Skeletal System Dysplasias are relatively rare conditions.
Dysplasies may be classified as: Achondrogenesis, Achondroplasia, Amelia, mycromelia, Campomelic Dysplasia, Hypophosphatasia, Osteogenesis Imperfecta, Short rib Polydactyly, Thanatophoric Displasia
Extremity Malformations classified as: Clubfoot, Rockerbottom Foot, Sandal Gap Foot, Radial Ray Malformation, Polydactyly, Syndactyly, Clinodactyly, Ectrodactyly, Artrogryposis Akinesia Sequence, Multiple Pterygium Syndrome.
Achondrogenesis are a group of lethal Group of lethal osteochondrodisplasias due to failure of cartilaginous matrix formation and characterized by severe micromelia, unossified spine, short trunk, and disproportionally large head. There are 3 types of the disease: Type IA, Type IB and TypeII. The incidence of disease is reported about 1/40,000-1/50,000 livebirhts and 1/650 perinatal death. Prognosis, IUFD, neonatal death, longest survivor less than 1 month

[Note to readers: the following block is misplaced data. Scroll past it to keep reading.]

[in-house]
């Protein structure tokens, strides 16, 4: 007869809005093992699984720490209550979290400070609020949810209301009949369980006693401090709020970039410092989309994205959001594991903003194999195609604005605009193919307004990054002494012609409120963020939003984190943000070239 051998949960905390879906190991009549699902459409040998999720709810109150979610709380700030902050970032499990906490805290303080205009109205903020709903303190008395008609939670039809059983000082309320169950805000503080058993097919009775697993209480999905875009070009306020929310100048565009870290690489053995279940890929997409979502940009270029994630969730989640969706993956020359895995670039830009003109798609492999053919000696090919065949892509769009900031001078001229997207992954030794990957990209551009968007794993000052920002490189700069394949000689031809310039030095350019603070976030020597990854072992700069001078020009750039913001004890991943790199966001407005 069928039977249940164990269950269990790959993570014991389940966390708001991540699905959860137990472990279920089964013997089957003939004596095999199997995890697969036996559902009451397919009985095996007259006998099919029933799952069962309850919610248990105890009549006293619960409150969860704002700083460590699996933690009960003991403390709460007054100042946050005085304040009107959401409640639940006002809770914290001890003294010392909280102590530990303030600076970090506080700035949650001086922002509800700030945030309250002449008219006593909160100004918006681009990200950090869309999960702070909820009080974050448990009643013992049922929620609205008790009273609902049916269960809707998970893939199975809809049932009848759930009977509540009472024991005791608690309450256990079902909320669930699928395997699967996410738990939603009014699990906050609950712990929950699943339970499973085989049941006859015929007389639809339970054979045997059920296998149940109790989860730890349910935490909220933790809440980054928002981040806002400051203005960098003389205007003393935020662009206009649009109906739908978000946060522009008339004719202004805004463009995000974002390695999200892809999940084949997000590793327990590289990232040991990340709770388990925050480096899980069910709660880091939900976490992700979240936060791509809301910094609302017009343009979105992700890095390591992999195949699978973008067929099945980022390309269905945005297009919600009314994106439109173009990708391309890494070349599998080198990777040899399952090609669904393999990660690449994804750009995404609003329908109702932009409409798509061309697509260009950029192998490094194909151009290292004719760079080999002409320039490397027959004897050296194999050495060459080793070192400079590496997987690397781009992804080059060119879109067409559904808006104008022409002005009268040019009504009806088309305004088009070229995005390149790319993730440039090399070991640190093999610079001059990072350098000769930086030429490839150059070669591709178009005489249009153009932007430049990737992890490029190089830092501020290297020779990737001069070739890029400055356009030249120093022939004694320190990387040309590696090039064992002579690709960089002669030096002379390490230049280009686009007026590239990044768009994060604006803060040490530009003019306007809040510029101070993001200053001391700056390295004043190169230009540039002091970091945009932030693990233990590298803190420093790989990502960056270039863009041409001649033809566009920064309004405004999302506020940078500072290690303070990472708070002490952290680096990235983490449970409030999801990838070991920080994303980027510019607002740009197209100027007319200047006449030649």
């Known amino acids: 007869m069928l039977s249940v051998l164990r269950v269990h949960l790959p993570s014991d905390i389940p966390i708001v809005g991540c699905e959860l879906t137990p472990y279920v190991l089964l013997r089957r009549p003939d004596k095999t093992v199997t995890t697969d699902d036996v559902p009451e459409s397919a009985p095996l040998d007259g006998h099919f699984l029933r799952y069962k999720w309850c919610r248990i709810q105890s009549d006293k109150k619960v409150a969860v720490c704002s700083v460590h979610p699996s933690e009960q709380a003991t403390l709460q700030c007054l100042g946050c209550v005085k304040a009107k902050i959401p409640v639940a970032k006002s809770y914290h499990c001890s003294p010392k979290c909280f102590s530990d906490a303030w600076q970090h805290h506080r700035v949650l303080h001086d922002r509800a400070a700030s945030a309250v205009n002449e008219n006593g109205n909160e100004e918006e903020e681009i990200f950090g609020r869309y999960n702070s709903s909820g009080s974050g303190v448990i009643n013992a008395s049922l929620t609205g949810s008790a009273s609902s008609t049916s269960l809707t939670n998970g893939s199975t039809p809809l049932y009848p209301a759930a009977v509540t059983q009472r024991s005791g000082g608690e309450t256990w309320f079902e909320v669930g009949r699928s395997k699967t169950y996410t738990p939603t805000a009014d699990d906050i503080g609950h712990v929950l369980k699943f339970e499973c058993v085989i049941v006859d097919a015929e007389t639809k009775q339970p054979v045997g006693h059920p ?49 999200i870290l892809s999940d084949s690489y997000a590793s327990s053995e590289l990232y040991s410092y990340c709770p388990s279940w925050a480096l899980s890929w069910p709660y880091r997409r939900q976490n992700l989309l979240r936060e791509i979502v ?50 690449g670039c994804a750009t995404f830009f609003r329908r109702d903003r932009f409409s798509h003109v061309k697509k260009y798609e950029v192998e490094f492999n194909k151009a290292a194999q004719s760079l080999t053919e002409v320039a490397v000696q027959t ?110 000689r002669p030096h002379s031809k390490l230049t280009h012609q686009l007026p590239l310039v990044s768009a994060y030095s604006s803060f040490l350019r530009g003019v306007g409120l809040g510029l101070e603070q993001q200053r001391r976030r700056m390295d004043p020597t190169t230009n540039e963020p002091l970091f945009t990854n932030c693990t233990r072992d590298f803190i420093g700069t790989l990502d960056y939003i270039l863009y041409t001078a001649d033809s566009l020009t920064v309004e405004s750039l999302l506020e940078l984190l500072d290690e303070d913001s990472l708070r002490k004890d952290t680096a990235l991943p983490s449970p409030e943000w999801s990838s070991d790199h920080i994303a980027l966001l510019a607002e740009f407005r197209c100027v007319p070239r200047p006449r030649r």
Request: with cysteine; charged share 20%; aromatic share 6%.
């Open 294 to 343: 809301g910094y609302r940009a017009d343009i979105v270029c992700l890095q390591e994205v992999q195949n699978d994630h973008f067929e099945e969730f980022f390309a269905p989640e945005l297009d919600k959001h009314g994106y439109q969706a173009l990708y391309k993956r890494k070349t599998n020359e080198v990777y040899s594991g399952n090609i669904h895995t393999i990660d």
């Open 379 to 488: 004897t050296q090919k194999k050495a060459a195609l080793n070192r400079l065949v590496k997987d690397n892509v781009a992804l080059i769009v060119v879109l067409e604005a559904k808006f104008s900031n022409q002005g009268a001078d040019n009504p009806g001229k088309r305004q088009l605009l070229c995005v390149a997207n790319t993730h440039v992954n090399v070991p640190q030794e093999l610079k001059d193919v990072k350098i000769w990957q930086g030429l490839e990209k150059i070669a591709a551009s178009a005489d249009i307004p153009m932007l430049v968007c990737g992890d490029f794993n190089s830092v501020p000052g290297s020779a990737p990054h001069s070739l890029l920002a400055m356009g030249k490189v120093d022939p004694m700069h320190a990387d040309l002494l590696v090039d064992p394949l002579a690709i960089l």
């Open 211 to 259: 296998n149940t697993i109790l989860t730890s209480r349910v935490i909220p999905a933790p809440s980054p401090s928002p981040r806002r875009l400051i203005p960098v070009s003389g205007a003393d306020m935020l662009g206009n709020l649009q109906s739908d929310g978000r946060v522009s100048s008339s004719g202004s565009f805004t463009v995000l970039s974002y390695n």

Most common heritable, non-lethal skeletal dysplasia. It is characterized by disproportionately short limb (rhisomelia), frontal bossing, depressed nasal bridge, and short digits. Autosomal dominant single gene disorder. The cause of the disease is Fibroblast Growth factor receptor-3 (FGFR-3) mutations and 80% of cases are new mutations (sporadic). The prevelance of the disease about 1/20,000-28,000 livebirths. While normal lifespan and normal intelligence are expected, neurological and orthopedic complications are common.
Amelia, micromelia, phocomelia
Amelia: Absence of 1 or more limbs.
Micromelia: Shortining of both proximal and distal segment of limbs.
Phocomelia: Shortining of the limb with hand/foot arising near trunk.
Hemimelia: Absence of distal limbs.
Disease is usually diagnosed with missing or severely shortened extremities 1st or 2nd trimester. Roberts Syndrome characterized by orofascial clefting with phocomelia/amelia.